Leopold II was the second King of the Belgians from 1865 to 1909. Born on 9 April 1835 in Brussels, he was the eldest surviving son of Leopold I, the first King of the Belgians, and his second wife, Louise-Marie of Orleans. Although Leopold II played a significant role in the development of the modern Belgian state, his rule was marked by widespread atrocities committed against his colonial subjects in the Congo Free State.
Early life and ascension to the throne
Leopold was born into a relatively young Belgium, with the country being only about five years old at the time of his birth. As the eldest surviving son of Leopold I, he became the heir to the Belgian throne after the death of his older brother, Louis Philippe. Leopold received the title of Duke of Brabant in 1846. He served in the Belgian army, eventually reaching the rank of lieutenant-general by the time he ascended to the throne in 1865.
Leopold II succeeded his father following the latter’s death on 10 December 1865. At the age of 30, he took the oath of office on 17 December 1865 and embarked on a 44-year reign, the longest in Belgian history. During his reign, Leopold focused on strengthening Belgium’s defences and expanding its economy, with a particular interest in acquiring colonies.
Marriage and family
In 1853, at the age of 18, Leopold married Marie Henriette of Austria, a cousin of Emperor Franz Joseph I of Austria and granddaughter of the late Holy Roman Emperor Leopold II. The couple had four children, three daughters and one son, Prince Leopold, Duke of Brabant. However, their marriage became unhappy, and they eventually separated after the birth of their last daughter, Clementine.
Leopold had numerous mistresses throughout his life, the most famous of which was Caroline Lacroix, a 16-year-old French prostitute he met in 1899. The two remained together until his death ten years later. Despite their unofficial relationship, Leopold lavished Lacroix with gifts and a noble title, which ironically lost him more popularity in Belgium than any of his crimes in the Congo.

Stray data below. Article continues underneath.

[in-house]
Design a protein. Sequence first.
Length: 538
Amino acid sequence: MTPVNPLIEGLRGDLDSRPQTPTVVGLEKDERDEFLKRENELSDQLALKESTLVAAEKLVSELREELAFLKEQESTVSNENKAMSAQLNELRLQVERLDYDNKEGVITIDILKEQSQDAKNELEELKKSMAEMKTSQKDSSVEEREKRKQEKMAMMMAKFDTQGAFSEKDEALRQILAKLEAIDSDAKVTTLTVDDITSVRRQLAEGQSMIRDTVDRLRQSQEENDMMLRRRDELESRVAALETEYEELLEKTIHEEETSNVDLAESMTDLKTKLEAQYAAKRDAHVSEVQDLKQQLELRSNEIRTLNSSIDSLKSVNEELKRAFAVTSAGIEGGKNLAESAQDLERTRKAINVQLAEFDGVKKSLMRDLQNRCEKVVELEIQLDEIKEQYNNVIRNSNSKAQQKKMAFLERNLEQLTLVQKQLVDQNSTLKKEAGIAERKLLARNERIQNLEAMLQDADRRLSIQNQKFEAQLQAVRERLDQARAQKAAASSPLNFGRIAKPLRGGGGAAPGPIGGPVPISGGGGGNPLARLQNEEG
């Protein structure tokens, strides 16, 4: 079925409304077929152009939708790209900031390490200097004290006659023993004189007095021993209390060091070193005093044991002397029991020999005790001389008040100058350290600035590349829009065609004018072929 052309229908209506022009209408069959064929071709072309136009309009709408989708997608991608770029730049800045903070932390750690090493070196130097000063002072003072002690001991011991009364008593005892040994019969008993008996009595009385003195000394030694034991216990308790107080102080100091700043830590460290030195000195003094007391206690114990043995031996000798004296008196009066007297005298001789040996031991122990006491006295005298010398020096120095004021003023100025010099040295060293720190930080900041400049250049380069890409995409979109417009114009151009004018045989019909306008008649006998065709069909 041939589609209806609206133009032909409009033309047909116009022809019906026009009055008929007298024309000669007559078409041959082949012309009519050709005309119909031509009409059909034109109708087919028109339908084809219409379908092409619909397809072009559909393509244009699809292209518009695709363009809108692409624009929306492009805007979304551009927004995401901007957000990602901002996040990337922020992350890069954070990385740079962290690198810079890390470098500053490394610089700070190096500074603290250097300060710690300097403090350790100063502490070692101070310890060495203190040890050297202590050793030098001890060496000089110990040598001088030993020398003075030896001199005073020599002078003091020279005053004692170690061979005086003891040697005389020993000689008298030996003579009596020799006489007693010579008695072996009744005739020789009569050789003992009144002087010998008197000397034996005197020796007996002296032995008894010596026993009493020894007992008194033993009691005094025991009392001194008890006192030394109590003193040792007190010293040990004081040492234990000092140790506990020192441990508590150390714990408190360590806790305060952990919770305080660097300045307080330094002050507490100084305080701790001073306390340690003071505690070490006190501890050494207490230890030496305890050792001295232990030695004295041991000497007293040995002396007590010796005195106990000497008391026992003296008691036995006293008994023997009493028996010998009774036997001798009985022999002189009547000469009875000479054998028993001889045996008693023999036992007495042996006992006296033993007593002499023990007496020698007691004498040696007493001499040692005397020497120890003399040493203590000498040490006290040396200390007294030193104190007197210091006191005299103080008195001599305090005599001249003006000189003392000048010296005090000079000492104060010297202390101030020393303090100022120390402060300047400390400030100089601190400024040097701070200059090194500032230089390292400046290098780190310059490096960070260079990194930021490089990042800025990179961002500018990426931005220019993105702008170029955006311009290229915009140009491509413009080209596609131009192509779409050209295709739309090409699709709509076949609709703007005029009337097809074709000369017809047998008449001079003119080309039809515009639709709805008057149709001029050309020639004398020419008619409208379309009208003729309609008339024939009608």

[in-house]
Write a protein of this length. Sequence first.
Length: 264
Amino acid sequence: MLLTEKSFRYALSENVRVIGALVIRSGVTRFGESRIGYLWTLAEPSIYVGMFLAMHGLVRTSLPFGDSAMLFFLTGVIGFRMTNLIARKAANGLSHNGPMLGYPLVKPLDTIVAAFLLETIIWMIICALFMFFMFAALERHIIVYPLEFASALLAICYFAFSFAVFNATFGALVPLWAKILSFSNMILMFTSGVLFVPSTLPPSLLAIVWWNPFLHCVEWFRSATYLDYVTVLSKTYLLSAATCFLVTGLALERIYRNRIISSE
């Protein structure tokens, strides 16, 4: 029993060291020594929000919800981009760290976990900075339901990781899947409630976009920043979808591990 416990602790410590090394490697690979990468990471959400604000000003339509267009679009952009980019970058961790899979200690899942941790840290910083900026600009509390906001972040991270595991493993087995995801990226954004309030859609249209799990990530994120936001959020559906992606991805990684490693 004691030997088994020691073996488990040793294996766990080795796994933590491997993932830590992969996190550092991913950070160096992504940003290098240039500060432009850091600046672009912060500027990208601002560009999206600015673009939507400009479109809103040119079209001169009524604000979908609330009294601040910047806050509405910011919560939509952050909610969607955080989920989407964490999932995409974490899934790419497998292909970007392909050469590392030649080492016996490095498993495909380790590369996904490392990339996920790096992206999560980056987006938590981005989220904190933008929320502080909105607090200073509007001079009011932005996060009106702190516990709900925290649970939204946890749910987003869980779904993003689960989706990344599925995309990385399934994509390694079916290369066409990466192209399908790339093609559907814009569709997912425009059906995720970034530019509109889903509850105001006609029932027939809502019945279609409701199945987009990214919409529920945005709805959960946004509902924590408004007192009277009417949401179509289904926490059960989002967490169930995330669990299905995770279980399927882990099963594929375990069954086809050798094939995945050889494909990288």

Domestic reign and political developments
Leopold’s reign saw several significant political developments in Belgium. The Liberals and Catholic parties clashed over issues related to suffrage and education, with the Frere-Orban Law of 1879 creating free, secular, compulsory primary schools supported by the state while withdrawing support from Roman Catholic primary schools. The Catholic Party regained power in 1880 and restored state support to Catholic schools in 1884.
In addition to his focus on education, Leopold concentrated on developing the country’s defences. He was aware that Belgian neutrality, maintained during the Franco-German War (1870-71), was threatened by the increasing strength of France and Germany. As a result, he persuaded the Belgian parliament to finance the fortification of Liege and Namur in 1887.
Leopold II and the Congo Free State
Leopold II’s desire to establish Belgium as a colonial power led to his interest in the Congo River basin. In 1876, he hosted an international conference of explorers and geographers at the royal palace in Brussels. A few years later, he hired explorer Henry Morton Stanley to help him claim the Congo, which would eventually become the Congo Free State.
Leopold implemented a forced-labour system in the Congo, which was quickly copied by other European colonial powers. This brutal practice resulted in a catastrophic decline in the Congo’s population, with estimates ranging from 1 million to 15 million deaths. The forced-labour system primarily focused on collecting ivory and harvesting rubber, leading to widespread abuse, torture, and murder.
International outcry and the end of Leopold’s rule in the Congo
Leopold’s administration of the Congo Free State was characterised by atrocities and systematic brutality. Reports of these abuses, along with pressure from the Congo Reform Association and other international groups, eventually led to the Belgian government taking over the administration of the Congo in 1908. The Congo Free State was reconstituted as the Belgian Congo, but Leopold made the Belgian government pay him for his prized possession.
Legacy and impact
Leopold II’s legacy is a complex and controversial one. While he did much to establish Belgium as an economically and militarily stable power in Europe, he is chiefly remembered for the nightmarish practices that were carried out in his name. He was the architect of one of history’s greatest if lesser-known, crimes against humanity.
The widespread atrocities committed in the Congo Free State under his rule cast a dark shadow over his legacy. Leopold II remains a controversial figure in history, with his contributions to Belgium’s development often overshadowed by the untold suffering and death that occurred under his watch in the Congo.